If you have a relatively small debt and interest rates are high, it will hurt for a while, but ultimately the rates should come down.
If you have a large debt and interest rates are low, it’s likely interest rates will eventually go up and your principal will still be high.
It gets worse. If you buy a house in an era of low interest rates, and then rates rise, the market is likely to stagnate. So you’ll be stuck paying off a high debt at higher rates, but it won’t be offset by capital gain, at least for a while.
On the other hand, if you buy a house in an era of high interest rates, and then rates fall, the value of your property will usually increase because buyers have more purchasing power.
This is exactly what happened in the 1990s. When interest rates finally came down after the recession, home owners didn’t breathe a sigh of relief and pocket the extra money.
Instead they collectively decided to upgrade their homes, and buy investment properties, and thus the housing boom was born.
If you managed to survive the 17 per cent interest era of the late 1980s, then by definition you were already a home owner by the time the 1990s housing boom rolled around.
The other thing that matters is wages growth. During the 1980s, inflation was high and wages along with it.
So even though interest rates rose throughout the 1980s, households were mostly able to absorb the expense because their incomes also increased.
Inflation and wages growth have been relatively low since the recession more than 20 years ago.
Baby Boomers, or indeed anyone who bought a home before 1990, have mostly benefited from being in the right place at the right time.
Some beneficiaries of the housing boom think they deserve it, that it’s the just reward for their hard work and thrift.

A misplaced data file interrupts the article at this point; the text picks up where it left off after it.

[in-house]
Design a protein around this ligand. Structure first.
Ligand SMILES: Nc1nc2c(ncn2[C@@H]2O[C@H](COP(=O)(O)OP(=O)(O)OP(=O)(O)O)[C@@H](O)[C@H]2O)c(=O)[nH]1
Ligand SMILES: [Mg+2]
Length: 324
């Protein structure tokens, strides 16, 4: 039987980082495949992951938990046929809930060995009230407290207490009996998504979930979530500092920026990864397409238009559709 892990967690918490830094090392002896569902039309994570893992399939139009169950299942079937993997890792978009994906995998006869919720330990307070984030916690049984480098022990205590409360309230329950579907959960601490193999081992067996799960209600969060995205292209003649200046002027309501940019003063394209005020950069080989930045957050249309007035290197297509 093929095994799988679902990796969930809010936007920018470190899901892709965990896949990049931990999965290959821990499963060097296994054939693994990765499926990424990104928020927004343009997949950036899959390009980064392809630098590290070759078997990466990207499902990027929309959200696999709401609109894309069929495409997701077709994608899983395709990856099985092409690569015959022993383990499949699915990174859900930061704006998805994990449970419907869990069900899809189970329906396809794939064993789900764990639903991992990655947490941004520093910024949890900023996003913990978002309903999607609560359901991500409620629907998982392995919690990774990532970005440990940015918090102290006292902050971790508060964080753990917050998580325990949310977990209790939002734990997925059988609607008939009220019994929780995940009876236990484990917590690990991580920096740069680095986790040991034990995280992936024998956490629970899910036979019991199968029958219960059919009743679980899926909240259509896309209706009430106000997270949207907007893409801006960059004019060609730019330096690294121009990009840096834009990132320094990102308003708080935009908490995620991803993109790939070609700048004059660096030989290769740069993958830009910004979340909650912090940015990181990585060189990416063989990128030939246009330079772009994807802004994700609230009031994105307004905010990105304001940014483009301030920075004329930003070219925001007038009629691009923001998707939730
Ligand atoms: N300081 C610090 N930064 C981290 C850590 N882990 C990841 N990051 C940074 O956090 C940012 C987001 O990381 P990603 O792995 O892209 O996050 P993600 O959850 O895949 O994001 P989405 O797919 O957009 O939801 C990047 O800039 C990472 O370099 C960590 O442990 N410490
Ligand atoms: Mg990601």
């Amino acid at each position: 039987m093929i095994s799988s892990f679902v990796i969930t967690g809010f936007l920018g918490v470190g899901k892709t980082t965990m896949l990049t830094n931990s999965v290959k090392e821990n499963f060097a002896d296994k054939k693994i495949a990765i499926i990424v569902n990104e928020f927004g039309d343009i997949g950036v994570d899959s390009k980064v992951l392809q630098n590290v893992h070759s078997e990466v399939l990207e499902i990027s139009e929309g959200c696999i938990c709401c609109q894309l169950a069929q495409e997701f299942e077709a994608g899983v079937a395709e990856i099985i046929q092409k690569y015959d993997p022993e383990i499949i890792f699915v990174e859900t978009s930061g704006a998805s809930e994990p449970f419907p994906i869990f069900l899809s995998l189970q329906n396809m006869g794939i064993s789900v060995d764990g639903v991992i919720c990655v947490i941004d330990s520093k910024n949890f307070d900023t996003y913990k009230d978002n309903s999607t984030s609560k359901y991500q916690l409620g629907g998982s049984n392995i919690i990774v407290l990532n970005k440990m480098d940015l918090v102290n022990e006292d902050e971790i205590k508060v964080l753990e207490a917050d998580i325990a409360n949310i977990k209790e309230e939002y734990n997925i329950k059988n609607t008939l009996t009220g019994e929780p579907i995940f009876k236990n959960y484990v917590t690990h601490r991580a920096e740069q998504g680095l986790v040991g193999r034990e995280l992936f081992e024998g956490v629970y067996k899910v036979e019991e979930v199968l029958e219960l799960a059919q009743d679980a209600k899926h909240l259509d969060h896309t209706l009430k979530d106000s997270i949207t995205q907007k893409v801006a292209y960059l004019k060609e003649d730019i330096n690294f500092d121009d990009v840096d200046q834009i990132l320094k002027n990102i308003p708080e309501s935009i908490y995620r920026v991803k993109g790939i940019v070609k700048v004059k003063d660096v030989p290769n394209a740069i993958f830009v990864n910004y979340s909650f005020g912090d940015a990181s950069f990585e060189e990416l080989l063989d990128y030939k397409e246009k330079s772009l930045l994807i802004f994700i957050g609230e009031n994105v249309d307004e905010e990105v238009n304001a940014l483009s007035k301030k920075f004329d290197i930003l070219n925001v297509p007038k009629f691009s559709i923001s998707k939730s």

In reality it’s a windfall gain.
And that’s fine, no one is trying to take it away. But the appropriate response to a windfall gain is to acknowledge that it happened and act with gratitude rather than entitlement.
Many older people do feel grateful for their good fortune, and, of course, some older people have not benefited from the housing boom at all.
Yet, it’s clear there is a lot of entitlement out there. Only last week we published a letter from a reader who, along with their spouse, owned more than $3.2 million in super and was worried they might lose their health care card as a result.
Last week I was on a panel discussion with the Grattan Institute’s John Daley and financial commentator Peter Switzer on “why every generation feels entitled”.
The thing is, I don’t think it’s true. Younger generations just want a fair go.
It’s not entitlement to think it’s a problem if the typical household can’t afford a typical home. It’s not entitlement to think that access to jobs and schools, not to mention social connection with family and friends, need to be part of the equation.
At the same time, most of us also think there are even more pressing issues – like meaningful action on climate change.
There is no greater entitlement than a planet that supports life.